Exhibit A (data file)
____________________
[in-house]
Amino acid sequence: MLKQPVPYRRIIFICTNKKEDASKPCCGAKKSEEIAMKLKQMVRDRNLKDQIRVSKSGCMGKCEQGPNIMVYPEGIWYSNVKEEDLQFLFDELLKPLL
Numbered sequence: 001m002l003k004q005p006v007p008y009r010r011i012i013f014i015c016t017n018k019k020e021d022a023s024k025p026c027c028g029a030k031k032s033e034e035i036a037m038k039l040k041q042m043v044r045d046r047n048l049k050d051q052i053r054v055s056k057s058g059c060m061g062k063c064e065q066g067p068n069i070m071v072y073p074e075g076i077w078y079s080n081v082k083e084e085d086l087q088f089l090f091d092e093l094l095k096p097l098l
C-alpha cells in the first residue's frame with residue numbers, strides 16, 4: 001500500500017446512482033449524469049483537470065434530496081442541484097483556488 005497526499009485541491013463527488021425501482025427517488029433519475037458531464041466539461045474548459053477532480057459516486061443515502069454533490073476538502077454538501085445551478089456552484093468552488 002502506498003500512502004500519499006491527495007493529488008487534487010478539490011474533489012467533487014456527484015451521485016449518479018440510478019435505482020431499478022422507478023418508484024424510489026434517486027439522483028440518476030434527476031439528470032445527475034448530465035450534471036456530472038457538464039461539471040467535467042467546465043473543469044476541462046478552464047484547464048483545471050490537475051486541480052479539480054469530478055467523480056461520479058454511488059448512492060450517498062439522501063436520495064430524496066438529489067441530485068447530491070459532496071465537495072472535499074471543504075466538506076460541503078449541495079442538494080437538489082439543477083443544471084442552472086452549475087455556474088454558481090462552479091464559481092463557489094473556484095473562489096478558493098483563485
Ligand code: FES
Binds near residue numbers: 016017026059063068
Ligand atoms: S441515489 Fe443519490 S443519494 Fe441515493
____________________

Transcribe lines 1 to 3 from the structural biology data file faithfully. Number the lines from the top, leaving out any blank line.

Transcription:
[in-house]
Amino acid sequence: MLKQPVPYRRIIFICTNKKEDASKPCCGAKKSEEIAMKLKQMVRDRNLKDQIRVSKSGCMGKCEQGPNIMVYPEGIWYSNVKEEDLQFLFDELLKPLL
Numbered sequence: 001m002l003k004q005p006v007p008y009r010r011i012i013f014i015c016t017n018k019k020e021d022a023s024k025p026c027c028g029a030k031k032s033e034e035i036a037m038k039l040k041q042m043v044r045d046r047n048l049k050d051q052i053r054v055s056k057s058g059c060m061g062k063c064e065q066g067p068n069i070m071v072y073p074e075g076i077w078y079s080n081v082k083e084e085d086l087q088f089l090f091d092e093l094l095k096p097l098l